The Bishop of Winchester, the Rt Rev Tim Dakin has today issued the following statement, providing an update on the ongoing Jersey safeguarding inquiries:
“Earlier this the year I commissioned an Investigation into a safeguarding complaint in the Deanery of Jersey, conducted by former High Court Judge Dame Heather Steel. The purpose of the Investigation was to advise me if there was any reason for disciplinary action to be taken against any member of the clergy.
“Dame Heather has informed me that she is finalising her investigation report. However, I have received legal representations from an interested party requiring me to undertake not to release the report to any person. On legal advice I have agreed to comply with the request and this means that I am currently unable to publish the report or provide further information about the representations that have been made.
“What I can state at this point, based on Dame Heather’s findings to date, is that I will not be taking disciplinary action against any member of the clergy in relation to the handling of the safeguarding complaint in question or the subsequent review process.
“The purpose of launching the inquiries in March was to understand fully the handling of the original complaint and to learn lessons for the future. I am all too conscious that questions remain about safeguarding best practice as well as the effect that this issue has had on Jersey’s relationship with the rest of the Diocese. I believe Bishop John Gladwin’s Visitation will help in the long-term, but in practice I feel that more immediate steps must now be taken in order to achieve progress.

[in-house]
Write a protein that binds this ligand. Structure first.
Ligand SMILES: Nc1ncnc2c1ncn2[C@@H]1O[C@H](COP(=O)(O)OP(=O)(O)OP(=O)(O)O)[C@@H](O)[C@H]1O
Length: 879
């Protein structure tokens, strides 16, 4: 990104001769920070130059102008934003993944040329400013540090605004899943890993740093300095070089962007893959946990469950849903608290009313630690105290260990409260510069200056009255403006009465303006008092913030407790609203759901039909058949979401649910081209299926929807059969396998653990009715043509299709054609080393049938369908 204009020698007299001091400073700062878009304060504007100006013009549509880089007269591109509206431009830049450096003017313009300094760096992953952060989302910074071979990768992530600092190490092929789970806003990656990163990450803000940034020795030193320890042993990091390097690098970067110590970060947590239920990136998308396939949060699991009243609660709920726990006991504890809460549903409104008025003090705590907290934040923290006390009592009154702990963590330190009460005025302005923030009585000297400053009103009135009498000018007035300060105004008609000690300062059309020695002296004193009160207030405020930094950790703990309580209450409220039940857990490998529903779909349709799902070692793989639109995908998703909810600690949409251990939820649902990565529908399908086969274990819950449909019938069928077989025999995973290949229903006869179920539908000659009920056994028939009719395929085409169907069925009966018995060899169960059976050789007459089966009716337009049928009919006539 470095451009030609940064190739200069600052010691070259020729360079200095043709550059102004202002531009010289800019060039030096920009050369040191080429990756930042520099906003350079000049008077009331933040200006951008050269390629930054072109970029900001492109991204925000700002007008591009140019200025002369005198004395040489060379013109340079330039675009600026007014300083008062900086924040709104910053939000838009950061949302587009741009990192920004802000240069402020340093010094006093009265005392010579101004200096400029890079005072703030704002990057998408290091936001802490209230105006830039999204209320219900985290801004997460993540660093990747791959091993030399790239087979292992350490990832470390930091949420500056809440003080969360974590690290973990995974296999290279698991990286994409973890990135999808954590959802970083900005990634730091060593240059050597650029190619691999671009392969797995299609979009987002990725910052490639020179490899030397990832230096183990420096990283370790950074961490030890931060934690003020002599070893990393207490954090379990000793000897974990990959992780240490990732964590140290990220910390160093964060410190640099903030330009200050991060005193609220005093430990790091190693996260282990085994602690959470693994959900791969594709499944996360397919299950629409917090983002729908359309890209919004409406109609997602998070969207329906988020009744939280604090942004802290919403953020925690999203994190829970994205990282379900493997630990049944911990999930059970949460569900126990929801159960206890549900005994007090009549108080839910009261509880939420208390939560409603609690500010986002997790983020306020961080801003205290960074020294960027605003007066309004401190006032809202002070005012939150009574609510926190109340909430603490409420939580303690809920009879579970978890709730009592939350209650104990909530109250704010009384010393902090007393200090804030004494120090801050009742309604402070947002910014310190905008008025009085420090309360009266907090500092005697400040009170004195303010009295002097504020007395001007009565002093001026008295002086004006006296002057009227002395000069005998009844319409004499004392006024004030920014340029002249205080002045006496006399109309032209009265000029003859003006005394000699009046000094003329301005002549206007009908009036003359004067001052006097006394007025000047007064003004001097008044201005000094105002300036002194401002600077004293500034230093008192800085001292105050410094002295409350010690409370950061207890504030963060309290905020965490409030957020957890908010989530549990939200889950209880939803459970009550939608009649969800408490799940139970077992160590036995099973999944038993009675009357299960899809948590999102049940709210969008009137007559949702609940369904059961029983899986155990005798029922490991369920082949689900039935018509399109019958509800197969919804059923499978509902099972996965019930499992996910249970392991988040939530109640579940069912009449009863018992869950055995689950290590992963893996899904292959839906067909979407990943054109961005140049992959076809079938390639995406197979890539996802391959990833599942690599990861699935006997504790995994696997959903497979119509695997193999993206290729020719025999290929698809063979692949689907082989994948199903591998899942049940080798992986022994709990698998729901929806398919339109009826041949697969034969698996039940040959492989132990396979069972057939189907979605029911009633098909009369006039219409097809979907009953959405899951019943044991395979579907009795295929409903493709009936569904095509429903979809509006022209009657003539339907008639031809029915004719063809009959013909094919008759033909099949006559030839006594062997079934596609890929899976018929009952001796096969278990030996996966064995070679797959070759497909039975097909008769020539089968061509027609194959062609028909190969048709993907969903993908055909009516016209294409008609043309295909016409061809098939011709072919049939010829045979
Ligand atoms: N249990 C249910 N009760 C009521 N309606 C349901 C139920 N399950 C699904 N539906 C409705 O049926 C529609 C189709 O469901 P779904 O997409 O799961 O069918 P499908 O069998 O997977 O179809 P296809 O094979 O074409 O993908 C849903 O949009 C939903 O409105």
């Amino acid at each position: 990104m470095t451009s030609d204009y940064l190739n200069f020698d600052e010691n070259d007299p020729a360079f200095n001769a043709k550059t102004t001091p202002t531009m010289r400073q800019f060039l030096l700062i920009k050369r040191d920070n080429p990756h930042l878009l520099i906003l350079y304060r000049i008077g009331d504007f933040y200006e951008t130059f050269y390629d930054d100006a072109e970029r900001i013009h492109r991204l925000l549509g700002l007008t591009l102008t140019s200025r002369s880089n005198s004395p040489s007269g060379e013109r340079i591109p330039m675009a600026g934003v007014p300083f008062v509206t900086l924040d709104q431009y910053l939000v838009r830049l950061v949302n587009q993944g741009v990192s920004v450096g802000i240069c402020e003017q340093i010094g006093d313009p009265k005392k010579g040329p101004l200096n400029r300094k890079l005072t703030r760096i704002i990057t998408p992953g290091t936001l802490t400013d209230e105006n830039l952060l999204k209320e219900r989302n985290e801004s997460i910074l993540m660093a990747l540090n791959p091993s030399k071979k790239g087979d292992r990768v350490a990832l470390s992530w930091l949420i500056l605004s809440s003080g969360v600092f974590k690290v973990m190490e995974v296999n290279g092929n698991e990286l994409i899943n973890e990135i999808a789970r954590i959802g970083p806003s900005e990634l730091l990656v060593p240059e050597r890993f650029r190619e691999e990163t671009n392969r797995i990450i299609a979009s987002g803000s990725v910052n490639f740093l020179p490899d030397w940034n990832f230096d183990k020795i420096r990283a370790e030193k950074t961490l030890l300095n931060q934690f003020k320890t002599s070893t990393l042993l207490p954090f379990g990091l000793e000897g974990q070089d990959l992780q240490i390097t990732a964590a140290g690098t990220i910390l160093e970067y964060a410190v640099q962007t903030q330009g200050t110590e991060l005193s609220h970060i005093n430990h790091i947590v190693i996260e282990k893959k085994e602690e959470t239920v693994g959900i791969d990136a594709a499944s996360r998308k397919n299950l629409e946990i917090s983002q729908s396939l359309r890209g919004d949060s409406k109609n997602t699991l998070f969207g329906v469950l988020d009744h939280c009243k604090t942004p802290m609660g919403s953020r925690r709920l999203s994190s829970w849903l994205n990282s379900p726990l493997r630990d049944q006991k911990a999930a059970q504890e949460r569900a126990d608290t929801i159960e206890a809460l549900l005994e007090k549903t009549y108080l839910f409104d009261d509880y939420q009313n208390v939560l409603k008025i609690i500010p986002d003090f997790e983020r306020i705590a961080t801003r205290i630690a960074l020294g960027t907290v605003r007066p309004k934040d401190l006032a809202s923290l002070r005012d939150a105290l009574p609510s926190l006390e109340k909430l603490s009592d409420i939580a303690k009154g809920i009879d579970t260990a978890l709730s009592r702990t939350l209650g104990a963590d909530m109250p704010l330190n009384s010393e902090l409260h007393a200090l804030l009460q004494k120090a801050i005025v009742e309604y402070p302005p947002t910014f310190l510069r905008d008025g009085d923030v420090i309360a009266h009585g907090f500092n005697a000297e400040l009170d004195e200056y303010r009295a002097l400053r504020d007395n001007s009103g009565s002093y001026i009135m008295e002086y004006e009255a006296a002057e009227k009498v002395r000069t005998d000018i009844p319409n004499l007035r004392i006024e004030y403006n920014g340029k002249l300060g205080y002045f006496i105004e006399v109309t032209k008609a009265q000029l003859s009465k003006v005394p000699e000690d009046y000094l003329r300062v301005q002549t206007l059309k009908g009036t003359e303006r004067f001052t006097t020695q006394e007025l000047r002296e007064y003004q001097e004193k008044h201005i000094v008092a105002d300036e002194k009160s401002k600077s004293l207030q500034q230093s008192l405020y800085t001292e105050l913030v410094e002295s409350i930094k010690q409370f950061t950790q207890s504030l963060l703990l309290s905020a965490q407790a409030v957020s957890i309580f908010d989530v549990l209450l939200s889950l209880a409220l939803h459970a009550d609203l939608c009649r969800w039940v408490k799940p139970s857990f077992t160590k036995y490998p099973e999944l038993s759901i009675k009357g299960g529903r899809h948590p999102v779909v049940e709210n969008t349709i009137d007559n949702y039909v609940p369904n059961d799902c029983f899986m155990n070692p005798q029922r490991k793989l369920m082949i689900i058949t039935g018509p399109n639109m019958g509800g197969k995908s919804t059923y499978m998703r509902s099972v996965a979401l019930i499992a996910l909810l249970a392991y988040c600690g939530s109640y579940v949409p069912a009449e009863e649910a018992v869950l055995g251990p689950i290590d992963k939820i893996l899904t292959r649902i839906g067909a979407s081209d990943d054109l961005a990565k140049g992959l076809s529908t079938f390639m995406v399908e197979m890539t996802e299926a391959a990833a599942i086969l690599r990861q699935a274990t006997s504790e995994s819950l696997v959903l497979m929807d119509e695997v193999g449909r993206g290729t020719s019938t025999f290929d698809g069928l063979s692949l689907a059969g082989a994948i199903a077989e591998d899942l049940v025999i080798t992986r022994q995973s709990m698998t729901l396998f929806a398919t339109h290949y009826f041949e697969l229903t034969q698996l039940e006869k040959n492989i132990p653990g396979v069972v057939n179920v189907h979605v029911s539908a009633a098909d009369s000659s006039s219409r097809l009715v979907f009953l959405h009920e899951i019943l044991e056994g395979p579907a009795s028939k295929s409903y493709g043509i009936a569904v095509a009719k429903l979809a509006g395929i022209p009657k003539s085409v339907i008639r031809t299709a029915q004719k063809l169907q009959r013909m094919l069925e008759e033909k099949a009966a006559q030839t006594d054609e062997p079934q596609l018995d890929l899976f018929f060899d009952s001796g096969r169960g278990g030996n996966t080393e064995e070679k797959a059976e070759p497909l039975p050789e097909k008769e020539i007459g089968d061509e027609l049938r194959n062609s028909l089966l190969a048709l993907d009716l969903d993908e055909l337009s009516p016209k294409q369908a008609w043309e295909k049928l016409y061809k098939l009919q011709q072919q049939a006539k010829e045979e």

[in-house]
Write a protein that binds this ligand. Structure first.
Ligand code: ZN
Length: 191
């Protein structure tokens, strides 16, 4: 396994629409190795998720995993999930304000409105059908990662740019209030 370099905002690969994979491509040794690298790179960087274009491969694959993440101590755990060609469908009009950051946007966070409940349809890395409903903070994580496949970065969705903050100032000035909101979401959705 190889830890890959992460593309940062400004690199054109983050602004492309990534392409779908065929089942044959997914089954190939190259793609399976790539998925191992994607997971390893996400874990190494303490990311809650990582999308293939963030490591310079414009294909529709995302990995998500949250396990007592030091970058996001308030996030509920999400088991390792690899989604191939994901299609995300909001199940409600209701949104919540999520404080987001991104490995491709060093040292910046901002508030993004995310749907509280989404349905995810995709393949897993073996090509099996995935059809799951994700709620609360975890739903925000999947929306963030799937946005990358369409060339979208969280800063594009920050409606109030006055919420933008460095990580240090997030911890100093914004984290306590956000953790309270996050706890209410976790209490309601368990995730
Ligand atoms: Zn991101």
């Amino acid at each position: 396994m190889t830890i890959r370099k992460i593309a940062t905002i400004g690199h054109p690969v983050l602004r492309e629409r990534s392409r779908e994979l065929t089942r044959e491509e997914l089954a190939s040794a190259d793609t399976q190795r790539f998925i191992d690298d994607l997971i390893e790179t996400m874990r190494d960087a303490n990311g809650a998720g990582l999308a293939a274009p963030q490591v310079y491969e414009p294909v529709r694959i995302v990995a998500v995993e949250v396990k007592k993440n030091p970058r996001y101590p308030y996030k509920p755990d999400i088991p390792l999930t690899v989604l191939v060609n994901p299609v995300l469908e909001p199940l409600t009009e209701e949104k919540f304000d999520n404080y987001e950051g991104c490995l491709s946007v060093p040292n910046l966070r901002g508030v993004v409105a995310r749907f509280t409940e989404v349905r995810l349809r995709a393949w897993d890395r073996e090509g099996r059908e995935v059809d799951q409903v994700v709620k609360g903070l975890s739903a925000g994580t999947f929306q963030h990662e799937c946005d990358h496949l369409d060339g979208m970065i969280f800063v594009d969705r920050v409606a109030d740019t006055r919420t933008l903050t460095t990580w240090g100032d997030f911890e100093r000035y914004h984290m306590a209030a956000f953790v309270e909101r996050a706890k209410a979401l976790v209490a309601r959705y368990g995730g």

“Given the current circumstances, and in order to move us forward, I have sought the support of the Archbishop of Canterbury to initiate a pastoral visit to the Channel Islands, so that a fresh perspective can be taken on safeguarding. The visit will be conducted next month jointly by the Rt Rev Nigel Stock, Bishop at Lambeth, and the Rt Rev Trevor Willmott, Bishop of Dover, and has the Archbishop of Canterbury’s full support. Bishop Trevor is a former Bishop of Basingstoke and so I feel his previous knowledge of the Channel Islands will be of significant benefit. On the visit, the Bishops will meet with local church leaders and Island authorities from both Deaneries, in order to help understand how the current situation may be progressed. Their visit will enable further conversations to be held which I am sure will benefit the Islands and the wider diocese. They will report back to me by the end of the year.
“I am informing the Dean and Lt Governor of Guernsey of this as well. Although some of what has led to this proposal has more directly arisen on Jersey, the Islands will be bound to have many common interests in both the process and the outcome, and I wish them to be fully engaged in the relevant actions and interactions.
“In all of this, the victim at the heart of the original complaint should not be forgotten. As a Church, we are called to reach out to the least, the last and the lost, even though at times they may reject the help we offer. In HG’s case, that rejection has been entirely understandable, given how she sees her experience of the Church of England. A number of people across the Diocese have been working hard to find a way of helping that could be acceptable to her. Having sought expert advice from health professionals and specialist charities, we have made provisions to help support HG, through a third party. We pray that she will be able to accept what is being offered.”